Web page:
Pledge Your Support for Your Local Music Scene

We, ThaWilsonBlock, are seeking supporters who want to help build and establish a foundation for the local music scene through a campaign we call #Pledge7

We are asking supporters to contribute $7/mo, or 25 cents a day, toward an artist development center that will help prepare local, untapped talent for their unconventional career path in the arts.

Our vision for an artist development center include:
-Artist Co-Op
-Studio Facilities
-Business Arts related programs & workshops
-Seminars and keynote speeches
-Membership access
-and so much more...

If you'd like to learn more about this campaign before making a pledge, feel free to contact Mistah Wilson directly at (626)817-6978

Our Latest Issue

Our Latest Issue
ThaWilsonBlock Magazine Issue118

Kut One, Neek the Exotic & Nine – “The Icons Series, Vols. 1 & 2” (EP Review)

Kut One is a producer from Melbourne, Australia & this is the inaugural installment of a series of EPs celebrating the grimier side of underground hip hop. We got Kut paying homage to Queens veteran Neek the Exotic on the first half & then to Bronx titan Nine on the other.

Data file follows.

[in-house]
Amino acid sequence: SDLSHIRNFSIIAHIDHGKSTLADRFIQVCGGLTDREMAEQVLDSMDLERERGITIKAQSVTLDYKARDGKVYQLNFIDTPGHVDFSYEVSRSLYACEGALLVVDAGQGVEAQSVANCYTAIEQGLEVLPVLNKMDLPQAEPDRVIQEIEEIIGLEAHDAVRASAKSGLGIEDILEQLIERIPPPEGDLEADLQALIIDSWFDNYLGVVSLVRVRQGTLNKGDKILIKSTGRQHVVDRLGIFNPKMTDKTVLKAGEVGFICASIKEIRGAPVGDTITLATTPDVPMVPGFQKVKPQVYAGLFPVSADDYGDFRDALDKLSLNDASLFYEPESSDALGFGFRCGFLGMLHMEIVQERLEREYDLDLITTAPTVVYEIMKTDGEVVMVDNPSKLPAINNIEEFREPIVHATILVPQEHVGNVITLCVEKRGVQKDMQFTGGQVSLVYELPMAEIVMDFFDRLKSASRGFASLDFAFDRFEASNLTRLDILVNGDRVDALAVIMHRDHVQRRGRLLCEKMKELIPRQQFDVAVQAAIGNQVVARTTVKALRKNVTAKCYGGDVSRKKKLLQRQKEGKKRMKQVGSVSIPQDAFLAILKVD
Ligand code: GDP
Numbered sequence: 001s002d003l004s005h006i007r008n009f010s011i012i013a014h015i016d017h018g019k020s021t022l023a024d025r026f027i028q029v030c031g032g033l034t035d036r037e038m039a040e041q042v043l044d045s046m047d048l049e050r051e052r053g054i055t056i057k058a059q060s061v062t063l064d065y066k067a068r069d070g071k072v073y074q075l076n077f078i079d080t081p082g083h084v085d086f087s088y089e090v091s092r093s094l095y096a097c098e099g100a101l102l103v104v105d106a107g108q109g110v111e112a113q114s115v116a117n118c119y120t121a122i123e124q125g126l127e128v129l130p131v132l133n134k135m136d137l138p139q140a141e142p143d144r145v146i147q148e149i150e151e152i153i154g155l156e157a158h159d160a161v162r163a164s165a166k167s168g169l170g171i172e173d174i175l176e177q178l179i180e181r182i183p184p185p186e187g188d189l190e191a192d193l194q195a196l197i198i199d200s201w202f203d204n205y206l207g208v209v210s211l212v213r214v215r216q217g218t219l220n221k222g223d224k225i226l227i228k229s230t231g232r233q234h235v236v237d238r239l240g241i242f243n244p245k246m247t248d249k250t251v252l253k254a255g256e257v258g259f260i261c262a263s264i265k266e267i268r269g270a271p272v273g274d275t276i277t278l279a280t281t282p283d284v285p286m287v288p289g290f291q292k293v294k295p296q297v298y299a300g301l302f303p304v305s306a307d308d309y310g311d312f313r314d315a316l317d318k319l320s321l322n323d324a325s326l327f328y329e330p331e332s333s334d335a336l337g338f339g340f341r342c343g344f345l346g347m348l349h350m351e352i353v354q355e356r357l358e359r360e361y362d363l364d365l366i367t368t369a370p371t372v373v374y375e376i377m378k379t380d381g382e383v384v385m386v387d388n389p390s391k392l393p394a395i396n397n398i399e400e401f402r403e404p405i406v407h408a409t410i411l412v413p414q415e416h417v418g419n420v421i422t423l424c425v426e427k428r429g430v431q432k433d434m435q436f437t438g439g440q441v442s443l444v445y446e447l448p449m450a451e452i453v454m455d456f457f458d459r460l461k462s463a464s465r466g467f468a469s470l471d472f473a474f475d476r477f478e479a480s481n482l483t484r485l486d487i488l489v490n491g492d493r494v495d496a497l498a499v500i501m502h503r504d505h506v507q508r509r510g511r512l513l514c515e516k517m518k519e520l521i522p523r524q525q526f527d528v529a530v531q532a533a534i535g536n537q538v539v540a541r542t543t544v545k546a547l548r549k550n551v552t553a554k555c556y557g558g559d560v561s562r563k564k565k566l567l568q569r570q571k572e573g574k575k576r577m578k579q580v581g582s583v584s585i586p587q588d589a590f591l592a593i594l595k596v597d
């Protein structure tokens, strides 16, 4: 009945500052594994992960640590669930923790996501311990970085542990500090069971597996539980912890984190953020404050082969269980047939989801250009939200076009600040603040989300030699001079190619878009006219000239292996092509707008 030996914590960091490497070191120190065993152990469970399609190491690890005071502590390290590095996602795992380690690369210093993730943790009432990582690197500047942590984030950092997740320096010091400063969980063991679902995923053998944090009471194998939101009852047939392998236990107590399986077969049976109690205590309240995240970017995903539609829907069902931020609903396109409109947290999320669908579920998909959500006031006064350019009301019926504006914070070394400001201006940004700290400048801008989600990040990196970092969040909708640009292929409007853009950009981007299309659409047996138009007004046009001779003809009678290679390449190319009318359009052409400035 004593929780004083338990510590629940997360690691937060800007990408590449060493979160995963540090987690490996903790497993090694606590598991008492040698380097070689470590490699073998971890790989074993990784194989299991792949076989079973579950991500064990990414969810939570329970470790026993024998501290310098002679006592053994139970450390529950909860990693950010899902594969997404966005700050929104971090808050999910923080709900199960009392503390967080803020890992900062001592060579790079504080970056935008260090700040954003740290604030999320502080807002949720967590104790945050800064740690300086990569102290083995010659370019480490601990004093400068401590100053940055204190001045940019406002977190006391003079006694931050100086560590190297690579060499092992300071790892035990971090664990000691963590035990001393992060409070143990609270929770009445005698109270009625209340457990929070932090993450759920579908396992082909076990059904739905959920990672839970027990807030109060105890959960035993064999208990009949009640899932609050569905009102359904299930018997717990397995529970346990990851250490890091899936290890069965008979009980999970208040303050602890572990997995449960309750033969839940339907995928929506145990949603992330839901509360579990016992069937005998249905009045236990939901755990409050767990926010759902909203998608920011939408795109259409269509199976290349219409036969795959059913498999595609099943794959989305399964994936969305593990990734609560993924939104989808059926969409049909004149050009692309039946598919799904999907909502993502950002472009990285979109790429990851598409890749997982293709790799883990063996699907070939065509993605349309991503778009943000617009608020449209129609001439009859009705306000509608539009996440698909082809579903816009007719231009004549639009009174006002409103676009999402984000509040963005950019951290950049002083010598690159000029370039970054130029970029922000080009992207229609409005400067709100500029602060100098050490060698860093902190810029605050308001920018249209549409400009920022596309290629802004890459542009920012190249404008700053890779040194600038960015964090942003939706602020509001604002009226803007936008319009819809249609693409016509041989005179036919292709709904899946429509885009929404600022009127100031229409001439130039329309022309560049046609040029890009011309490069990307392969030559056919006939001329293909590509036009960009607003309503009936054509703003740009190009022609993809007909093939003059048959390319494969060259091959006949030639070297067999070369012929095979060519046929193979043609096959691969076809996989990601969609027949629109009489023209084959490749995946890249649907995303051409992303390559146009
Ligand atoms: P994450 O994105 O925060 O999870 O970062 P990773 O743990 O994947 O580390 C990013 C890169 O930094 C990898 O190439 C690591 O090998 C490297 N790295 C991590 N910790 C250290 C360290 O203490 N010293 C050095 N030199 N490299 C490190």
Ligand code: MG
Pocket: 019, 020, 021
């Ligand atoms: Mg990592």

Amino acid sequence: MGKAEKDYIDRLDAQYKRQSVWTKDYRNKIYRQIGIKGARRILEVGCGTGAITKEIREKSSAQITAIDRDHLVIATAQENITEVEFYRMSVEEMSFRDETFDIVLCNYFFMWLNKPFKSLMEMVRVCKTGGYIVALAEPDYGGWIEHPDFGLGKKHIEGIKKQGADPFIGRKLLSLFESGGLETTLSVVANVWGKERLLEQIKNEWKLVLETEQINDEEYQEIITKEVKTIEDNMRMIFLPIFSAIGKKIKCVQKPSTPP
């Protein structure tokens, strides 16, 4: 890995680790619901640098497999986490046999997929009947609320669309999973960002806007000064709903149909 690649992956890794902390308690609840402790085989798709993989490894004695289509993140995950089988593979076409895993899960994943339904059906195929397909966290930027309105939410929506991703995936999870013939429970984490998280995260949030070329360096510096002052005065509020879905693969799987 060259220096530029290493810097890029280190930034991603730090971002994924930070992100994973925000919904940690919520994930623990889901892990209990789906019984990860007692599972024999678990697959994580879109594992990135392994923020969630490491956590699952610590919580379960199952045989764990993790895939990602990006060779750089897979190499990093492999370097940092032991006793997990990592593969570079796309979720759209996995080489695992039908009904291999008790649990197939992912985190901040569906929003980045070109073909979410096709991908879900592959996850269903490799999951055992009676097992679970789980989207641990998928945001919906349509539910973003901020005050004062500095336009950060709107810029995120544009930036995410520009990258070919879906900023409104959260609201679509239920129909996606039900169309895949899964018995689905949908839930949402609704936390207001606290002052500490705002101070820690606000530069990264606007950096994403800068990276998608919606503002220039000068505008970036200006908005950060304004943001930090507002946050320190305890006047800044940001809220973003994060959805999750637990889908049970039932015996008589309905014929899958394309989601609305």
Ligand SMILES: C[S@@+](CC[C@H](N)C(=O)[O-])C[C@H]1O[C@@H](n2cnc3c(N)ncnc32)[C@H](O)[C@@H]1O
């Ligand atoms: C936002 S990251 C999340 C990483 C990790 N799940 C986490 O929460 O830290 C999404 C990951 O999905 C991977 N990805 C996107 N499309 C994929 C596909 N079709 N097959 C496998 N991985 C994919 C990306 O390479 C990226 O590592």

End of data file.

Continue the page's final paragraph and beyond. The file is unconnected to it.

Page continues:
The opener “Welcome to Violence” with Kool G Rap & Royal Flush sees the 3 delivering grim bars in their own unique styles over a sinister instrumental then the next song “We Do It” reclaims his prowess over a high-pitched soul sample. The track “Everything’s on Course” with Large Professor sees the 2 talking about their longevity over a boom bap beat with some luxurious keyboards & then the final Neek song “I Don’t Know” talks about the culture being his life over a blissful instrumental.

Then we get into the second half with “Basquiat”, where Nine talks about his craft over a woozy beat. The next song “When Ah Pull Up” gets into the mind of a criminal over a suspenseful instrumental while the track “Might Get Shot” gets paranoid over a gloomy instrumental. The track “Welcome to New York” is a vivid description of life in Nine’s home-state over a mafia-like instrumental & then “Gimme My Money” is a cool bonus cut where Nine perfectly switches up his flow over a militant instrumental. The uncredited guest rap verse near the end was alright too.

For the first installment, this isn’t bad. Neek & Nine both go on to remind us that they’re some of the rawest NY spitters of all-time with Kut One’s grimy production suiting their bars fantastically.

Score: 8/10

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